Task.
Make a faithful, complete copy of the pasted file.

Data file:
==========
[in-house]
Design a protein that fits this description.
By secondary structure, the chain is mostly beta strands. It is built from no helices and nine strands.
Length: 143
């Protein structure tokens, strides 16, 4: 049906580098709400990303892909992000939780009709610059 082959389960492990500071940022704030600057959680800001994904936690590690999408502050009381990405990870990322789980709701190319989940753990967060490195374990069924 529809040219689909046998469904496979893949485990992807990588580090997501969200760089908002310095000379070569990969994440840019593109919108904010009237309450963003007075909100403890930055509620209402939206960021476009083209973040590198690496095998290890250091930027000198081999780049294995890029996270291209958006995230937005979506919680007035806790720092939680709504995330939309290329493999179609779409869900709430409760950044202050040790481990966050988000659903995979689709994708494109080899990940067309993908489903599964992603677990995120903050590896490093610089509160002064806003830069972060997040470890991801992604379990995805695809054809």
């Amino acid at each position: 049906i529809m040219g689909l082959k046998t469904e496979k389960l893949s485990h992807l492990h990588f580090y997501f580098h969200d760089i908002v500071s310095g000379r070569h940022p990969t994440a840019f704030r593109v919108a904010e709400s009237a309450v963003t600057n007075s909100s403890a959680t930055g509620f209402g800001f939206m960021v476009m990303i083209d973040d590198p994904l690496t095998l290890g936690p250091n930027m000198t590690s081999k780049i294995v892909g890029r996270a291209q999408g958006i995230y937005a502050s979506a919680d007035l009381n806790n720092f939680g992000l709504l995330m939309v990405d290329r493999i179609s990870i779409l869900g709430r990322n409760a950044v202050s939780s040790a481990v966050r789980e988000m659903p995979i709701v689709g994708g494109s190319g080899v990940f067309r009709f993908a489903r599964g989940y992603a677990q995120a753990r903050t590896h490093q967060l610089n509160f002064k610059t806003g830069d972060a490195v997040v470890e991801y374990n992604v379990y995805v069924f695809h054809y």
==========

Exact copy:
[in-house]
Design a protein that fits this description.
By secondary structure, the chain is mostly beta strands. It is built from no helices and nine strands.
Length: 143
């Protein structure tokens, strides 16, 4: 049906580098709400990303892909992000939780009709610059 082959389960492990500071940022704030600057959680800001994904936690590690999408502050009381990405990870990322789980709701190319989940753990967060490195374990069924 529809040219689909046998469904496979893949485990992807990588580090997501969200760089908002310095000379070569990969994440840019593109919108904010009237309450963003007075909100403890930055509620209402939206960021476009083209973040590198690496095998290890250091930027000198081999780049294995890029996270291209958006995230937005979506919680007035806790720092939680709504995330939309290329493999179609779409869900709430409760950044202050040790481990966050988000659903995979689709994708494109080899990940067309993908489903599964992603677990995120903050590896490093610089509160002064806003830069972060997040470890991801992604379990995805695809054809």
């Amino acid at each position: 049906i529809m040219g689909l082959k046998t469904e496979k389960l893949s485990h992807l492990h990588f580090y997501f580098h969200d760089i908002v500071s310095g000379r070569h940022p990969t994440a840019f704030r593109v919108a904010e709400s009237a309450v963003t600057n007075s909100s403890a959680t930055g509620f209402g800001f939206m960021v476009m990303i083209d973040d590198p994904l690496t095998l290890g936690p250091n930027m000198t590690s081999k780049i294995v892909g890029r996270a291209q999408g958006i995230y937005a502050s979506a919680d007035l009381n806790n720092f939680g992000l709504l995330m939309v990405d290329r493999i179609s990870i779409l869900g709430r990322n409760a950044v202050s939780s040790a481990v966050r789980e988000m659903p995979i709701v689709g994708g494109s190319g080899v990940f067309r009709f993908a489903r599964g989940y992603a677990q995120a753990r903050t590896h490093q967060l610089n509160f002064k610059t806003g830069d972060a490195v997040v470890e991801y374990n992604v379990y995805v069924f695809h054809y």